Go, Coast Guard, Go!
If a maritime disaster such as terrorism on the high seas, a hurricane, fire, grounding, or sinking occurs, it’s comforting to know that the U.S. Coast Guard (USCG) will respond 24/7.
As the principal federal agency responsible for maritime safety, security, and environmental stewardship in U.S. ports and waterways, the USCG protects and defends more than 100,000 miles of coastline and inland waterways. One of the five armed services, the USCG is the only military branch within the Department of Homeland Security (except that it may operate as part of the U.S. Navy under special circumstances). It is a member of the intelligence community, part of law enforcement, and a regulatory agency with broad authority over marine transportation, hazardous materials shipping, bridge administration, oil spill response, pilotage, and vessel construction and operation. The USCG searches every container ship coming into New York Harbor, one of the busiest in the nation, while also acting as a first responder and a humanitarian service that will aid people impacted by disasters at sea and ashore.
On an average day, the USCG conducts 45 search and rescue cases, rescues 10 persons from life-threatening situations, protects over $1.2 million in property, seizes 874 pounds of cocaine and 214 pounds of marijuana, conducts 57 waterborne patrols of critical maritime infrastructure, escorts five high-capacity passenger ships, conducts 24 security boardings in and around U.S. ports, screens 360 merchant vessels for potential security threats prior to arrival in U.S. ports, conducts 14 conservation boardings, services 82 buoys and fixed aids to navigation, investigates 35 pollution incidents, completes 26 safety examinations on foreign vessels, conducts 105 marine inspections, investigates 14 marine casualties involving commercial vessels, and facilitates $8.7 billion worth of goods and commodities through the nation’s maritime transportation system.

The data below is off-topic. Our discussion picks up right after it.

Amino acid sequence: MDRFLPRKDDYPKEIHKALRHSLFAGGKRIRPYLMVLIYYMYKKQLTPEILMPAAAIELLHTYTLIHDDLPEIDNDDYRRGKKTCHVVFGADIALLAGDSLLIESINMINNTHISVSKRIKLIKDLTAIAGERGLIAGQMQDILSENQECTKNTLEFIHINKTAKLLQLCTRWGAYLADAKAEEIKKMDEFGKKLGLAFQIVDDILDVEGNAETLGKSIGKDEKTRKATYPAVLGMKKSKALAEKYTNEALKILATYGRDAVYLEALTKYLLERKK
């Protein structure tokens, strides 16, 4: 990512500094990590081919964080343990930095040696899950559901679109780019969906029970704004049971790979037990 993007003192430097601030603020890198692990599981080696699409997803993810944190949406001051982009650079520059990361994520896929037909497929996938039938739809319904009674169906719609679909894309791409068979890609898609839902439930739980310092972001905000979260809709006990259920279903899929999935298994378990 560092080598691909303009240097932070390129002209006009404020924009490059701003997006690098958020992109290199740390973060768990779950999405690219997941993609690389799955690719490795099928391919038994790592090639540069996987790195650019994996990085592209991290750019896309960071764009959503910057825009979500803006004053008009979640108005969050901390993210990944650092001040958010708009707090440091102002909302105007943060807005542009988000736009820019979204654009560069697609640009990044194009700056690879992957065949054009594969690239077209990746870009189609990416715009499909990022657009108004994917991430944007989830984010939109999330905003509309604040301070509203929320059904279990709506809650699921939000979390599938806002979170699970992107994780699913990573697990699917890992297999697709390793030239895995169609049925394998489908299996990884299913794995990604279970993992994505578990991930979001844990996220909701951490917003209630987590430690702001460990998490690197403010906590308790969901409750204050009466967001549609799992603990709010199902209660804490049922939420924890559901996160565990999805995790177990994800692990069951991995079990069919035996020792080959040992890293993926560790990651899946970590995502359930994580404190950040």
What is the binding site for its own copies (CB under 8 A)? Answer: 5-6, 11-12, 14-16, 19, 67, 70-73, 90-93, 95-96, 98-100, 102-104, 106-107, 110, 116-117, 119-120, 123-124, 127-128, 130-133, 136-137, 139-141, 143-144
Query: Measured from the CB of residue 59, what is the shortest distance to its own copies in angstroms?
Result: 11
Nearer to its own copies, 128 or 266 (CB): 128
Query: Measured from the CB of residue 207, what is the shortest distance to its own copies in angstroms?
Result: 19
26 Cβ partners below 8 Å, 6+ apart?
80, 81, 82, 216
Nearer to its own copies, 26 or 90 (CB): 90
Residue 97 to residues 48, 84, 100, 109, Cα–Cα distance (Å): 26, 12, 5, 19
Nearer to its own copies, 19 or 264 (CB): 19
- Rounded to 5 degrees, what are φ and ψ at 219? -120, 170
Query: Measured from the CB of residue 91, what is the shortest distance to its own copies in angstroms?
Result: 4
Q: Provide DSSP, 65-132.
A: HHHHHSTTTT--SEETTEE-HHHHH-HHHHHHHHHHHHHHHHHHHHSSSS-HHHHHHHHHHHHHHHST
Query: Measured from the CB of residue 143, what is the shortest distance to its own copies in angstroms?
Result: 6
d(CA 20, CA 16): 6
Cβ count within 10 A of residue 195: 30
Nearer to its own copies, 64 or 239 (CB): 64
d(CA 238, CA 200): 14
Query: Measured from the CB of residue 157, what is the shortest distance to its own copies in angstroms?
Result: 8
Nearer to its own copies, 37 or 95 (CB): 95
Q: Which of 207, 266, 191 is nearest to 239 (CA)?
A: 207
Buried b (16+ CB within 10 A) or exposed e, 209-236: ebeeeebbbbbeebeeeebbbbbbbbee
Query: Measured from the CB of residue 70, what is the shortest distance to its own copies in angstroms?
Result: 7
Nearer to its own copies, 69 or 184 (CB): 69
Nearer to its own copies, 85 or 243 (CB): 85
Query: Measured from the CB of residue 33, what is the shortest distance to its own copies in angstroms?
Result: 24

Whew — that’s a heck of an undertaking! With men and women on active duty, as well as civilian personnel, reservists, and Auxiliarists, the USCG operates a multi-mission, interoperable fleet of cutters (some the size of a Navy destroyer escort), buoy tenders, icebreakers, patrol boats, and aircraft. Tens of thousands of members of the volunteer Auxiliary support the USCG with privately owned aircraft and boats.
No wonder the USCG’s motto is Semper Paratus — Always Ready!
The author is the Division 5 – Staff Officer Public Affairs, First District Southern Region, for the U.S. Coast Guard Auxiliary, the all-volunteer, non-military arm of the Coast Guard, teaching boating safety education and conducting search and rescue operations. Visit http://cgaux.org/ to join the Auxiliary or for class information.
By William C. Winslow
Video and 10 things to know about the U.S. Coast Guard